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Marine Life Endangerment and Extinction


Coral reefs are among the habitats most vulnerable to climate change, and as the most diverse ocean habitats, the most vulnerable to species loss. Credit: Anitza Valles

September 3, 2015

It is part of the Aquarium’s mission to inspire people to become ocean stewards by making choices in their day-to-day lives that help protect the ocean and its inhabitants. Today human activity is threatening ocean health, shrinking ocean habitats and decreasing animal populations. However, human activity has caused more extinctions of land-based species and fewer in the ocean. By acting quickly we may be able to halt this trend and avoid ocean extinctions of the scale we’ve already seen on land.

We are in the middle of the Earth’s sixth mass extinction, and this event is a direct result of human activity. Because humans are land animals, we’ve historically had a much bigger impact on land than ocean habitats. In the last two centuries pollution, overfishing, and climate change have been shrinking ocean habitats and pushing many ocean species to the edge of extinction.

Coral reefs are among the habitats most vulnerable to climate change, and as the most diverse ocean habitats, the loss of reefs brings with it a huge risk of species loss. To protect the reefs, we need to build a renewable energy future.

The vaquita, native to the Sea of Cortez, is the world’s smallest species of porpoise. In the last fifty years, reckless fishing practices have shrunk their population such that fewer than 100 vaquitas are alive today. The vaquita is the coal mine canary of our ocean future. Hundreds, perhaps thousands, of ocean species face a very similar fate in coming decades unless we change our habits now.

While the stories of some marine species are grim, there are examples of species that have recovered thanks to a change in human behavior. Seal and sea lion populations in California plummeted in the past due to habitat loss, pollution, and overfishing, yet have rebounded in the last few decades as we have become better managers of our living coastal resources. The vaquita needs the same kind of approach to save it. If we can stop illegal gillnet fishing in the Gulf of California, the vaquita will survive and recover.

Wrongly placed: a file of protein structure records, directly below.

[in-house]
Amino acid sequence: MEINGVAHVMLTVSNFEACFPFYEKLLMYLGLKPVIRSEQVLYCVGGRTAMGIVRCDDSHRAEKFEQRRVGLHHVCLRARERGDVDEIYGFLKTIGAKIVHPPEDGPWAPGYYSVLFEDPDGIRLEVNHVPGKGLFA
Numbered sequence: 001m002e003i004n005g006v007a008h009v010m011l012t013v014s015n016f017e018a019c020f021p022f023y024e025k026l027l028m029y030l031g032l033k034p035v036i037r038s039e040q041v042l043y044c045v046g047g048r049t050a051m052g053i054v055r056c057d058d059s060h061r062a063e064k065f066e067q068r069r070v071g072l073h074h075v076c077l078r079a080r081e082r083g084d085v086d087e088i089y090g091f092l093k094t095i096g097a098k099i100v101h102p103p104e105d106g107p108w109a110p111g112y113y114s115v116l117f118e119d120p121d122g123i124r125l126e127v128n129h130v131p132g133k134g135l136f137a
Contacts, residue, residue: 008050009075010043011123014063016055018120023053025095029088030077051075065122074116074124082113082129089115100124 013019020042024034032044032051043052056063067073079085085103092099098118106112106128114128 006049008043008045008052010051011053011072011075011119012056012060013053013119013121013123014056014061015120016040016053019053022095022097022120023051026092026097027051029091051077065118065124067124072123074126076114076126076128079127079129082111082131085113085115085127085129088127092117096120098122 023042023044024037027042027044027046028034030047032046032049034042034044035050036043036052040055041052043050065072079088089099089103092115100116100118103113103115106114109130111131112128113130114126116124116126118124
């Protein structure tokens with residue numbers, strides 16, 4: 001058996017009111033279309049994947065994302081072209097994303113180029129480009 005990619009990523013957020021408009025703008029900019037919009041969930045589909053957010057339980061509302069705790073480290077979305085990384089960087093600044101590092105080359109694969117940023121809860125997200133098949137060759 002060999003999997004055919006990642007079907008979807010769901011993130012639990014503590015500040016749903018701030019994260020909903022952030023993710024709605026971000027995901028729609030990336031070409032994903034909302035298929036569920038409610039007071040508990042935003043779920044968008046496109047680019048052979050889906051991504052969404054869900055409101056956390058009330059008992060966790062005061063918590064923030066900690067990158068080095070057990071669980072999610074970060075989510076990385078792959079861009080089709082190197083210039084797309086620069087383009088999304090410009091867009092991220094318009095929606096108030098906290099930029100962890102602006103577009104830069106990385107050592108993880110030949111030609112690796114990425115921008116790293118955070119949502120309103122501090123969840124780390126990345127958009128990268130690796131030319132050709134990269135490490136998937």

The California sea otter is one of the earliest examples of a conservation effort succeeding. Like the vaquita, otters once numbered fewer than 100 in California, but have over recent years reached much higher numbers due to management efforts and protections both of them and their habitats.

You can learn more about threatened and endangered marine life species throughout the Aquarium. Look for threatened species in exhibits marked with the fish skeleton logo, such as our sawfish in Shark Lagoon and sea turtles in the Tropical Reef exhibit. To learn the vaquita story in more detail, visit the Aquarium’s vaquita display in the Southern California/Baja Gallery on the second floor. To learn about a species recovery program, check out our Guam Kingfisher exhibit outdoors between Lorikeet Forest and Shark Lagoon.

We can halt the accelerating rate of extinctions, before it is too late. If we take action now to make our way of life sustainable, the loss of Earth’s irreplaceable biodiversity need not happen. We can tackle climate change by adopting clean energy practices and reducing waste, we can combat habitat destruction through informed planning of how we use ocean spaces, and we can reduce unsustainable fishing by eating more seafood from environmentally responsible sources, such as sustainable aquaculture.


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